If Mayans really did predict the end of the world, a warning that much ahead of time would have been kind of nice. But when something huge really does happen, I don’t think that we will have an advance warning. Most things happen without notice. You never know when you will have to swing a machete at a zombie or run for the gate at Chicago O’Hare when they call your name for the last time.
3. Learn basic survival skills.
Do you know how to make a fire without a match? Do you know which way is north? Do you know where to build a shelter?
We can easily Google the answers now. When the crucial time comes though, we may not be able to rely on our phones. If it’s really apocalyptic, chances are your phone won’t have reception, you’ll be somewhere without reception or your phone will be dead.
A friend of mine was in New York City during Hurricane Sandy. The first thing she communicated to me was that her phone was dead and she had to walk a few blocks to find a cafe that would share electricity. Well, imagine if you had to walk a few blocks just so you could ask Siri to find a way out while flesh-eating zombies are roaming around. Perhaps it’s time to take that Wilderness First Aid course…
4. Don’t get caught up in mind tricks. “Look to your front.”
As long as we are human, we will always have differences in our perceptions, ideas and moral codes, whether it’s with your best friend or a foreign neighbor who just moved into your neighborhood.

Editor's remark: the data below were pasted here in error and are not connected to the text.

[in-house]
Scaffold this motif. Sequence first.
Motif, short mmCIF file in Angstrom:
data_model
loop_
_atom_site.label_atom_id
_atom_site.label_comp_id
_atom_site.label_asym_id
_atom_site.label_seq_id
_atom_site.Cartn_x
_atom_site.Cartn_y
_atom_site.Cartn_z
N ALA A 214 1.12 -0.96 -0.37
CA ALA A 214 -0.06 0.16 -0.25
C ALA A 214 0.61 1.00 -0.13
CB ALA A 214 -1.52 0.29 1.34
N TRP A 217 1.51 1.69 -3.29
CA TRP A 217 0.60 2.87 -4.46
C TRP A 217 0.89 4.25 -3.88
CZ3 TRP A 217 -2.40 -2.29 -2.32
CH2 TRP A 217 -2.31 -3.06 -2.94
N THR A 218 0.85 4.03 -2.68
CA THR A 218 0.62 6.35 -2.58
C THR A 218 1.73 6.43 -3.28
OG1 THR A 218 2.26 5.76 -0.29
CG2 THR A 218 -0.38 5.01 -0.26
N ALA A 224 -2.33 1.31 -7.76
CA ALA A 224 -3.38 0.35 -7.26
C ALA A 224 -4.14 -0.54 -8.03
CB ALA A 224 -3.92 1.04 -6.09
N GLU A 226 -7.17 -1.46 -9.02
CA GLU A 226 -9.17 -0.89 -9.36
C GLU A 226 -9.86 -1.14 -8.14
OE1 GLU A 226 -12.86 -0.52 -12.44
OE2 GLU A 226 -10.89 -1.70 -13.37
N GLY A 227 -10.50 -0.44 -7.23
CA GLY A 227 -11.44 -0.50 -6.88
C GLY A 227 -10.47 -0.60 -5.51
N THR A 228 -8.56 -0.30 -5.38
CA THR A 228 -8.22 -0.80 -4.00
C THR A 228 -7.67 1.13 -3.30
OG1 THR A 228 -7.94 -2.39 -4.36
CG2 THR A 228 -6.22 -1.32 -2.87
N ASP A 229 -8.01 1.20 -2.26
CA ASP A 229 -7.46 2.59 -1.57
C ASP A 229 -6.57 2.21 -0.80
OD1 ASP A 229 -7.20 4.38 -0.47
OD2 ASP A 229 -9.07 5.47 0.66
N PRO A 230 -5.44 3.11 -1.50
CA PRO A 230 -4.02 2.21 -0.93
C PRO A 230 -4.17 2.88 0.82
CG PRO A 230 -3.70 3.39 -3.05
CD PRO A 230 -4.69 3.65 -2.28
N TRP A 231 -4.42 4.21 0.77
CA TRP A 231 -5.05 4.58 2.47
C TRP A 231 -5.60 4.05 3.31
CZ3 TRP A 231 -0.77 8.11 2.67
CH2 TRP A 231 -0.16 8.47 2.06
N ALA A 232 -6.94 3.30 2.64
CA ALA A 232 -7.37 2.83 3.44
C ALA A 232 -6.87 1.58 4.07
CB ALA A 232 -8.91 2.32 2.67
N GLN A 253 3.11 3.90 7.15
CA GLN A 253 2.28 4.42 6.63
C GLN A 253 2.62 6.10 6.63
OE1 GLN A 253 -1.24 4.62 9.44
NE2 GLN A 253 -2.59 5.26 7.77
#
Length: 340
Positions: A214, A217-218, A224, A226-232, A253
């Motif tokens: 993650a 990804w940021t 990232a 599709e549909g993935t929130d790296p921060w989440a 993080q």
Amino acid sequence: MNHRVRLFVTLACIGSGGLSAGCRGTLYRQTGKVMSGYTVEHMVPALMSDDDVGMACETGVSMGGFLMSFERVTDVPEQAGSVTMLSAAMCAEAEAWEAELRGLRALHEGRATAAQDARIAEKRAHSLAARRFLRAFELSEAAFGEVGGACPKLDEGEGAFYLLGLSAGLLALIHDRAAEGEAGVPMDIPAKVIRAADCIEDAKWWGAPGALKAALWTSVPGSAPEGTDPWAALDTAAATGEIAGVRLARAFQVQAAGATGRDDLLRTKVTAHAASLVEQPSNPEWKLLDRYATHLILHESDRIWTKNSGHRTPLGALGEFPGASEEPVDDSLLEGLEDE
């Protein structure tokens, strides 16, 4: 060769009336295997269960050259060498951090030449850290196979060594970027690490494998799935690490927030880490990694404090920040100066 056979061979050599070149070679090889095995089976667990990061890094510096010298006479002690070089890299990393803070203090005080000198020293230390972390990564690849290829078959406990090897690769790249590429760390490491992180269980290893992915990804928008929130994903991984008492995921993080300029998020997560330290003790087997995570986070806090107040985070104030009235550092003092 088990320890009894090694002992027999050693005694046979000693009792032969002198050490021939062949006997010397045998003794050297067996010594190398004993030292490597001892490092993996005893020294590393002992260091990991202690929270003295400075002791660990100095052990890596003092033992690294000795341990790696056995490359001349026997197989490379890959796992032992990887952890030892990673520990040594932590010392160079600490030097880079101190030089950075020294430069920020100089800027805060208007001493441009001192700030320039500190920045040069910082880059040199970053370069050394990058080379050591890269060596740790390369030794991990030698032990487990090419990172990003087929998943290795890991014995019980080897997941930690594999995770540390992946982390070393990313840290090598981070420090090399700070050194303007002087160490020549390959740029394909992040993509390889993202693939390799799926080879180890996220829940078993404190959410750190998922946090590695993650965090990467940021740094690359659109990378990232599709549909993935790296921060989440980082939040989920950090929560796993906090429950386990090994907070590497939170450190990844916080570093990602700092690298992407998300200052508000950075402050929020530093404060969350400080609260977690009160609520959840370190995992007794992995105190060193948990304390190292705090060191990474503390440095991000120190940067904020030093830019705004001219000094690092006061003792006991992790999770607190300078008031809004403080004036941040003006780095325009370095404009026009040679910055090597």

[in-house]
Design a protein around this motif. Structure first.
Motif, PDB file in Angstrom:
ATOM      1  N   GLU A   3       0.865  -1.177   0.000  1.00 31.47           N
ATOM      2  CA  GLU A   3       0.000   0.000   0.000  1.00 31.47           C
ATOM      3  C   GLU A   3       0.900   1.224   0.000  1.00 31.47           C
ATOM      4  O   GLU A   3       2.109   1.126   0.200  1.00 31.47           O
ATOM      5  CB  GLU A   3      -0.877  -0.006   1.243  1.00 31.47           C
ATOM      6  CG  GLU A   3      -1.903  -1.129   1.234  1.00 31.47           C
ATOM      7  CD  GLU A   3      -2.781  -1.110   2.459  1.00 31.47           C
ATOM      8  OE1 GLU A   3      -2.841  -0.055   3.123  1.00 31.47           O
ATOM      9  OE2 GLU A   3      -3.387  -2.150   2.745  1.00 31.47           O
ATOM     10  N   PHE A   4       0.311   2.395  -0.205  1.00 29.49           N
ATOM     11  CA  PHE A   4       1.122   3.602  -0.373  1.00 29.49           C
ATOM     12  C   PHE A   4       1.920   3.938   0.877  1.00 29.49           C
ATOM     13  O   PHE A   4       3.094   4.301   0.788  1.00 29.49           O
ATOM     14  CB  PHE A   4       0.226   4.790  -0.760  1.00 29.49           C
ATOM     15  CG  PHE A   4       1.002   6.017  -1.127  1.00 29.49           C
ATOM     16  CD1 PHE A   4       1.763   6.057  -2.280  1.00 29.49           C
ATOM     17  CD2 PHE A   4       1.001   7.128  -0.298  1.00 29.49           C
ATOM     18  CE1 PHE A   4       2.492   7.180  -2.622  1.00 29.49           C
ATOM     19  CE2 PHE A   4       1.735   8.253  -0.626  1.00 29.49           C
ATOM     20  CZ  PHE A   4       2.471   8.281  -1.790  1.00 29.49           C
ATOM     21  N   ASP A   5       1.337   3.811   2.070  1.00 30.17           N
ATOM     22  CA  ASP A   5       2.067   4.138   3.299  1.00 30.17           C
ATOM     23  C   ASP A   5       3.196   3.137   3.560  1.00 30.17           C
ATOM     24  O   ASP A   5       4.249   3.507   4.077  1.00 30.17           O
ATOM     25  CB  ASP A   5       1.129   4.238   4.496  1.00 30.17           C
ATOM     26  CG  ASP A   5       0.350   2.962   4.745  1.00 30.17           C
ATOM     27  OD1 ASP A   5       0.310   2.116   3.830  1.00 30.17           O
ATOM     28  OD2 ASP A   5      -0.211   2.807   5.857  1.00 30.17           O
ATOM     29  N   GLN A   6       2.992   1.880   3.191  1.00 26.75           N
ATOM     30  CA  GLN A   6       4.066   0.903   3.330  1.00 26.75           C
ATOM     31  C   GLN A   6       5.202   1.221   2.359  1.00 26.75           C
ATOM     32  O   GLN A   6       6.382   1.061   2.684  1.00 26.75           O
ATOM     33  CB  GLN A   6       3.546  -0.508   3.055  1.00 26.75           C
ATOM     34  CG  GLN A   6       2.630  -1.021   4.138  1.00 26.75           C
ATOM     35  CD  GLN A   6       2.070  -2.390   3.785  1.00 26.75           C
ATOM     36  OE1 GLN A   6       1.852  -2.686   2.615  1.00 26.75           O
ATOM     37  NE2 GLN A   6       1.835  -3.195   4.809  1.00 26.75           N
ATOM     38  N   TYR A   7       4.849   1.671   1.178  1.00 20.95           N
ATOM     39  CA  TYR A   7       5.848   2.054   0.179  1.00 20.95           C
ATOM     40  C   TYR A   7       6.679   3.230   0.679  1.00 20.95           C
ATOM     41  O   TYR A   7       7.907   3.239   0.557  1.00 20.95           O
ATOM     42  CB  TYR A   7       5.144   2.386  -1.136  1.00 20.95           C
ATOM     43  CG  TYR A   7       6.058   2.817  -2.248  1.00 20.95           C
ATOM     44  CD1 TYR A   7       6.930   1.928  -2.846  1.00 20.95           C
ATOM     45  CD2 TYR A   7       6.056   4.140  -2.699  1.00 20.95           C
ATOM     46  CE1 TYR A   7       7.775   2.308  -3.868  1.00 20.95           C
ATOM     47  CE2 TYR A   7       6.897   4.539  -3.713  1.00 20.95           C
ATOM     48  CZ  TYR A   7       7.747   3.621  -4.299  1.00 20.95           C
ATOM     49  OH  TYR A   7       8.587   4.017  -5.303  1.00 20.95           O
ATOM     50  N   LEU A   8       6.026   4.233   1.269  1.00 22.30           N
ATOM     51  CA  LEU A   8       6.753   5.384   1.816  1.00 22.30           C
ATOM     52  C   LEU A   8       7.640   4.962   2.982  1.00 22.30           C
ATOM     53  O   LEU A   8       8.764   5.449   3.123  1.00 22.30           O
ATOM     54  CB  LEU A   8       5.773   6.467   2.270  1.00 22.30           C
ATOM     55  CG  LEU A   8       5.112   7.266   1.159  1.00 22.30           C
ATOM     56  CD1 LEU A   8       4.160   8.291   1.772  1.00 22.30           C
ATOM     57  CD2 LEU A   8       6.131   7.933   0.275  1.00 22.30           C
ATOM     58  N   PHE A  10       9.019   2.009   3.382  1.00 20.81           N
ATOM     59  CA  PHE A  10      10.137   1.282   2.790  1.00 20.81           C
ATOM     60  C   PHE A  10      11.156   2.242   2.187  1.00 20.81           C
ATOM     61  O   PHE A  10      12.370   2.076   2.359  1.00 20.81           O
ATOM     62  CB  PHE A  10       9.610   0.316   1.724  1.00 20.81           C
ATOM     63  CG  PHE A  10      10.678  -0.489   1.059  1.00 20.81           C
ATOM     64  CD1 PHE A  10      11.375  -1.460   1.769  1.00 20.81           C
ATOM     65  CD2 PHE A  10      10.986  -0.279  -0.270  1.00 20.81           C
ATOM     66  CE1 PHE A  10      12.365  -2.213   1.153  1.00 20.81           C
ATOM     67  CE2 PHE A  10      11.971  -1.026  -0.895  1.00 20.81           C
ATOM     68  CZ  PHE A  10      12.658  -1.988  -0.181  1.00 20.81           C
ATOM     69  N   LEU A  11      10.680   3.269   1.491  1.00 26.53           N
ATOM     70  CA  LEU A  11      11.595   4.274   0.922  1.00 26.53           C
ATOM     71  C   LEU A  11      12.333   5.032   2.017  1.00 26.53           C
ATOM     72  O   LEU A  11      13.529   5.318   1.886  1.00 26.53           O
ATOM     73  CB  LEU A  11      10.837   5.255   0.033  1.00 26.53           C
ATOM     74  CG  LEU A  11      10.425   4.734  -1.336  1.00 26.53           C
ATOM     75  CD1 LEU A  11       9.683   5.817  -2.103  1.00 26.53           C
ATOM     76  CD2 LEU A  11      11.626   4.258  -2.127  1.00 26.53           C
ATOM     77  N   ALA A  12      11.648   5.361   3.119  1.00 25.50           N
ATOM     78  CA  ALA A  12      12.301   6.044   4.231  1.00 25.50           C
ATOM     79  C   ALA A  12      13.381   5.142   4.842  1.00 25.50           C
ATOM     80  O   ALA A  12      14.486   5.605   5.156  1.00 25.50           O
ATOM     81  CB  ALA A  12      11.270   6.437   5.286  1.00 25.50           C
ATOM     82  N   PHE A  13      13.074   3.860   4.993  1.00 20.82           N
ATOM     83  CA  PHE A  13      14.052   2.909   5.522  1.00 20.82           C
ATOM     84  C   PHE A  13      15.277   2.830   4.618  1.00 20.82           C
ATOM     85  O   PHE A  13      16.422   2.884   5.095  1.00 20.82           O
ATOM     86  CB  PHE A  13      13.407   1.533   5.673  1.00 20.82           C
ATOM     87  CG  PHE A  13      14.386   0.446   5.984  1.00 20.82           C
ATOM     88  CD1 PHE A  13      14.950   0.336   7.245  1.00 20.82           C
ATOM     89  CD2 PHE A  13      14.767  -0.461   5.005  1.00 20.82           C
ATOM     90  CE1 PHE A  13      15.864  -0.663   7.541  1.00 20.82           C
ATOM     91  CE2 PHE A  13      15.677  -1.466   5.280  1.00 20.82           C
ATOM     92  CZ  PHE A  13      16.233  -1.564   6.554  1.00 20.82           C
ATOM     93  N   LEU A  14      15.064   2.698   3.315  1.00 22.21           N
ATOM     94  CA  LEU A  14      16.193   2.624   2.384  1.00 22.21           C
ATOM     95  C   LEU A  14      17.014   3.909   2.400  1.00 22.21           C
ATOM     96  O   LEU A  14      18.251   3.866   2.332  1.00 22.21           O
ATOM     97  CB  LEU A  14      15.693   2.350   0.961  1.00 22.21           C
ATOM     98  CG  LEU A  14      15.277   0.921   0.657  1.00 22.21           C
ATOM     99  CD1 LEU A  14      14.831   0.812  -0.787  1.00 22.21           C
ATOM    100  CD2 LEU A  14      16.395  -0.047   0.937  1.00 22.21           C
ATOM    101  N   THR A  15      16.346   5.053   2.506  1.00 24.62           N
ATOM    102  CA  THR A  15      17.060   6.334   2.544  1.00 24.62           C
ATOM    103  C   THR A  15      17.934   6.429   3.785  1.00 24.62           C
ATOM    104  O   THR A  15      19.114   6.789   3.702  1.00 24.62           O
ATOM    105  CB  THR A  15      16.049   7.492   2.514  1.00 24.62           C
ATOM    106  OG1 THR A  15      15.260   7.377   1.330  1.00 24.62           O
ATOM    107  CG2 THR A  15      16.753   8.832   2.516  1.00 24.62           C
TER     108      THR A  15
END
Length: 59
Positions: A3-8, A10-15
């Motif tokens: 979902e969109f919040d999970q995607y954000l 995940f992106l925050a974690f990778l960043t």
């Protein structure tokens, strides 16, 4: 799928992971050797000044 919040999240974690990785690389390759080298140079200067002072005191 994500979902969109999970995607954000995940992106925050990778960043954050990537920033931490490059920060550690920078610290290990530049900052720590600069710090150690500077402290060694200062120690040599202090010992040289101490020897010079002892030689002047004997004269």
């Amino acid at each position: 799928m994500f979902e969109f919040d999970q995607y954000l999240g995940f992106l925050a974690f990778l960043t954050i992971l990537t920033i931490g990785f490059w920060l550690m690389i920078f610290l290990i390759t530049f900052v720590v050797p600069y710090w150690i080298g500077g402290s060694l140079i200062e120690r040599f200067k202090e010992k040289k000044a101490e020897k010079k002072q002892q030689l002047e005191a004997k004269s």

Sometimes, a little seed is planted when we listen to “he said, she said” stories. Then before you know it, there is a whole drama either created by you or whispered to you. Like your own personal Gollum, you feel threatened and need to act right away before they get you. And we know what happens in the end. The story gets twisted, your mind gets twisted and we fall into the endless rabbit hole. Fatal mistakes are made and we end up suffering to the ruin of all.
“Look to your front” works not just when you’re running from a zombie herd but in your mental war zones as well. If you keep looking back, you get lost in your stories. If you keep looking sideways to see what others are doing, you forget where your feet stand. Keep your eyes to your front so that your aim in life stays clear.
5. Don’t lose humanity.
What makes us human is all the crying, all the loving, all the confusion and all the suffering we share. Even if the world were overrun by zombies and there were only a few of us left, there would always be a little love story, an unexpected birth, a little moral confusion, deep friendship and the pain of lost loved ones.
We can lose sight of humanity any day. We see it all the time.
For company profit, we lay off hundreds of employees who have families to feed. We send armed forces to countries because we feel threatened, and end up killing civilians in order to have a sense of security.
We jump to conclusions all too often before we even know what we really need in this moment, so that we don’t have to cry/suffer/fall in love and get confused about who is right and wrong. In that in-between place, just before we act or make a decision, there is a deep sense of vulnerability. When we lose these moments, we lose humanity.
We are truly the same and very different. We are the same because we can connect and empathize with the ones that have fallen. We are totally different because of the choices we make.
What choices are you making in 2013?
I am considering signing up for cross bow training myself.
Tomomi Kojima is a yoga rebel who likes expressing herself by writing, teaching and traveling. Visit www.tomomi.ca
Assistant Ed: Stephanie V.